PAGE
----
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Content for  TR 22.839  Word version:  18.1.0

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5.20  Using a partner 5G network to transport vehicle relay trafficp. 46

5.20.1  Descriptionp. 46

This use case covers certain deployment scenarios where traffic exchanged via vehicle relays for users of one MNO or service provider is carried over a transport 5G network managed by a second MNO. An example is illustrated in fig.1, where the MNO2 provides wireless access and transport between vehicle relays and the MNO1 5G network, allowing E2E connectivity to MNO1 users.
Copy of original 3GPP image for 3GPP TS 22.839, Fig. 5.20-1: Example of mobile relays traffic from MNO-1 transported over MNO-2's network.
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Such scenarios can be based on business agreements among the two parties, specific NW deployment/operational constraints, coverage requirements, etc. For example, it could be used for:
  • A 5G mobile operator (MNO1), with limited macro-RAN deployment and coverage footprint, willing to exploit their spectrum to offer 5G access and services to their subscribers (travelling in vehicles, or located in specific hotspot areas). MNO1 could decide to leverage the better/ubiquitous 5G wireless (and transport) connectivity provided by a second operator (MNO2) to tunnel the MNO1 traffic to/from the vehicle relays.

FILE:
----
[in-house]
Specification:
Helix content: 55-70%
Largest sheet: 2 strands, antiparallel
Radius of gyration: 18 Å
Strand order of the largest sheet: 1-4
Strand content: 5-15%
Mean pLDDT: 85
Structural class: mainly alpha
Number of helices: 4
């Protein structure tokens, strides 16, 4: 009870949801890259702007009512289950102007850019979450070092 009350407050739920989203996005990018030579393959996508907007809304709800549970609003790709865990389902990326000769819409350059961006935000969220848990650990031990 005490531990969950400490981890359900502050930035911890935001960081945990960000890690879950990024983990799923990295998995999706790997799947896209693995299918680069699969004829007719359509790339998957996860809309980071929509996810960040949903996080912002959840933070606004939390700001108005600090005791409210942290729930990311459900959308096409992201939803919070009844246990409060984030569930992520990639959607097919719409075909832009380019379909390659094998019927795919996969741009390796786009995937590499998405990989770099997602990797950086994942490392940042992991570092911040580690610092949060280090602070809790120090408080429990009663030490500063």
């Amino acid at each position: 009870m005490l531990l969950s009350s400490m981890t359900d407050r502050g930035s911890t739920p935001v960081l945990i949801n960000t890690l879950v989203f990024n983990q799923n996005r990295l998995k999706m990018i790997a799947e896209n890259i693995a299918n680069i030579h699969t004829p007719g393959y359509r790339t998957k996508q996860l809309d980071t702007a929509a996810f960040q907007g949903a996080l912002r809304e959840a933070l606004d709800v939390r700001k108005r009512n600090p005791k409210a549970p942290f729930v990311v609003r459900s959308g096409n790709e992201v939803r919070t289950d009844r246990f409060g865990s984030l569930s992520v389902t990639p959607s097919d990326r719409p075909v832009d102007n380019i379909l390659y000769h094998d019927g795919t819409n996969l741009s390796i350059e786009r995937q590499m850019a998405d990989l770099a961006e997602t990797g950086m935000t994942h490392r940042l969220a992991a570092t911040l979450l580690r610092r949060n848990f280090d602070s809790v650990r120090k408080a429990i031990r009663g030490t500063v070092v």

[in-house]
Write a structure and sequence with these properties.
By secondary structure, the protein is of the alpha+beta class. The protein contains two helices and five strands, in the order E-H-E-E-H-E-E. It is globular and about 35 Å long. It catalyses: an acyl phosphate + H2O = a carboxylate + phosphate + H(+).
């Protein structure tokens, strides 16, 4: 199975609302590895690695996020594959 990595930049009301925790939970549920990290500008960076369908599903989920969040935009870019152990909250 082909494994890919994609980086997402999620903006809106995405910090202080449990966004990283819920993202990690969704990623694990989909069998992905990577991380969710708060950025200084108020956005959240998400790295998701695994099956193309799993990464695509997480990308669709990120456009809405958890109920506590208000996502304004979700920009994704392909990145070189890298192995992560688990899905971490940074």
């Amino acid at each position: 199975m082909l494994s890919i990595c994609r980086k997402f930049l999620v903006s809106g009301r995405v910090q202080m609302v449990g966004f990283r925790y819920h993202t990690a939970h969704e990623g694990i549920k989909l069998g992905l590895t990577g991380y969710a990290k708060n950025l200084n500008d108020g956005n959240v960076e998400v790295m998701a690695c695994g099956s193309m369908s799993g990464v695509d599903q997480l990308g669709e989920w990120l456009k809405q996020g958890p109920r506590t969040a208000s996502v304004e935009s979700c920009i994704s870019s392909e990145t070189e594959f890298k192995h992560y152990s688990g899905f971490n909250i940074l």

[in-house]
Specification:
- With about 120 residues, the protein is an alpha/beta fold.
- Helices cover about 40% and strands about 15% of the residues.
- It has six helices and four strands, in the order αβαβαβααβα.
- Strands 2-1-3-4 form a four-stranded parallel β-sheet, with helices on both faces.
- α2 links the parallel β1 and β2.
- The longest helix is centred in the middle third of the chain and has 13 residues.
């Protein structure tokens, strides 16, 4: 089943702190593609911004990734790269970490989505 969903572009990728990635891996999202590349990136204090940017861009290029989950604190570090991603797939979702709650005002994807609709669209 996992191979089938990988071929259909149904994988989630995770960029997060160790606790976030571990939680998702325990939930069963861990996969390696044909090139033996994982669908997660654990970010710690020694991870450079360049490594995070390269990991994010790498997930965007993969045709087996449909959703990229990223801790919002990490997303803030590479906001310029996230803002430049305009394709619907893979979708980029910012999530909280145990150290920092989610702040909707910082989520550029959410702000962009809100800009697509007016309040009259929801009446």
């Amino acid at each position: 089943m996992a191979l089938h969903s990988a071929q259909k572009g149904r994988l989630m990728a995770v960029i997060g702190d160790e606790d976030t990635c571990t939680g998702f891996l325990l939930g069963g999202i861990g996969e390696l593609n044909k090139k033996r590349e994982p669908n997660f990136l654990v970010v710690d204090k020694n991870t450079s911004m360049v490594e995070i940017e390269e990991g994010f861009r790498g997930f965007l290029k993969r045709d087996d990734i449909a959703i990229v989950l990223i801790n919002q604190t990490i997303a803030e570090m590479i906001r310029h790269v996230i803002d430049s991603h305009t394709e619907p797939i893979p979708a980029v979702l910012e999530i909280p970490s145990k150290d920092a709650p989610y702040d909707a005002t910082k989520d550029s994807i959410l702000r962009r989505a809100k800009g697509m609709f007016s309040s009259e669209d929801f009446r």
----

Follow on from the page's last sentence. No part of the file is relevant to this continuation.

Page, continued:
• Public Safety providers or other service/fleet operators, who could manage specific vehicles with on-board relays, together with ad-hoc 5G subscriptions and connectivity services for certain user categories, e.g. for first-responders, delivery personnel, public passengers etc. They may not necessarily own 5G spectrum, or RAN/network infrastructure, thus using MNO2's mobile network to reach connectivity to their relays (and users).
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5.20.2  Pre-conditionsp. 47